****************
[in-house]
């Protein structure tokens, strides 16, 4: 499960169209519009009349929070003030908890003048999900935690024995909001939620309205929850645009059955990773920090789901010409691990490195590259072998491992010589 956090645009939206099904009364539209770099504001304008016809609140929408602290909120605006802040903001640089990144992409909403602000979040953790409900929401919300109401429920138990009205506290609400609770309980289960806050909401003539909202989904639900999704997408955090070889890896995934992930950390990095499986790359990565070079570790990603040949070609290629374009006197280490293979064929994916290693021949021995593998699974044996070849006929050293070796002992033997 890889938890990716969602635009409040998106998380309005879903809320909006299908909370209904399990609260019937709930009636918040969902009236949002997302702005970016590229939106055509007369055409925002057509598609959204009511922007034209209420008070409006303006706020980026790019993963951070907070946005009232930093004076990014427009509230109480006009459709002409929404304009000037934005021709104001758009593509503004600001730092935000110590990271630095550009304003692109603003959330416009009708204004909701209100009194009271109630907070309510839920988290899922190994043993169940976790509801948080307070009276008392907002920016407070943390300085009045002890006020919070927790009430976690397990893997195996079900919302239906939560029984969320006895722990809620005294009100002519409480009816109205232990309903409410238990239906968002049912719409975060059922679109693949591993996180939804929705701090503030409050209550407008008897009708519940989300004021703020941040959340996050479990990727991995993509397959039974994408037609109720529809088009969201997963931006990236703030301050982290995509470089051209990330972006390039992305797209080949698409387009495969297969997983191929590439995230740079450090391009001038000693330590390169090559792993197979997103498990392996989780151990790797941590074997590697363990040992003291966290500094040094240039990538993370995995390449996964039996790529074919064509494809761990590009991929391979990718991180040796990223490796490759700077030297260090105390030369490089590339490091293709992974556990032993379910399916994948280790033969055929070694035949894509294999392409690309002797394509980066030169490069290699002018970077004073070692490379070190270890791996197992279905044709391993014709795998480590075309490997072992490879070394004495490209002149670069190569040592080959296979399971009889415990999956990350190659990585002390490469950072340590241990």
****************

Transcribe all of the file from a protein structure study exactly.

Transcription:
[in-house]
């Protein structure tokens, strides 16, 4: 499960169209519009009349929070003030908890003048999900935690024995909001939620309205929850645009059955990773920090789901010409691990490195590259072998491992010589 956090645009939206099904009364539209770099504001304008016809609140929408602290909120605006802040903001640089990144992409909403602000979040953790409900929401919300109401429920138990009205506290609400609770309980289960806050909401003539909202989904639900999704997408955090070889890896995934992930950390990095499986790359990565070079570790990603040949070609290629374009006197280490293979064929994916290693021949021995593998699974044996070849006929050293070796002992033997 890889938890990716969602635009409040998106998380309005879903809320909006299908909370209904399990609260019937709930009636918040969902009236949002997302702005970016590229939106055509007369055409925002057509598609959204009511922007034209209420008070409006303006706020980026790019993963951070907070946005009232930093004076990014427009509230109480006009459709002409929404304009000037934005021709104001758009593509503004600001730092935000110590990271630095550009304003692109603003959330416009009708204004909701209100009194009271109630907070309510839920988290899922190994043993169940976790509801948080307070009276008392907002920016407070943390300085009045002890006020919070927790009430976690397990893997195996079900919302239906939560029984969320006895722990809620005294009100002519409480009816109205232990309903409410238990239906968002049912719409975060059922679109693949591993996180939804929705701090503030409050209550407008008897009708519940989300004021703020941040959340996050479990990727991995993509397959039974994408037609109720529809088009969201997963931006990236703030301050982290995509470089051209990330972006390039992305797209080949698409387009495969297969997983191929590439995230740079450090391009001038000693330590390169090559792993197979997103498990392996989780151990790797941590074997590697363990040992003291966290500094040094240039990538993370995995390449996964039996790529074919064509494809761990590009991929391979990718991180040796990223490796490759700077030297260090105390030369490089590339490091293709992974556990032993379910399916994948280790033969055929070694035949894509294999392409690309002797394509980066030169490069290699002018970077004073070692490379070190270890791996197992279905044709391993014709795998480590075309490997072992490879070394004495490209002149670069190569040592080959296979399971009889415990999956990350190659990585002390490469950072340590241990």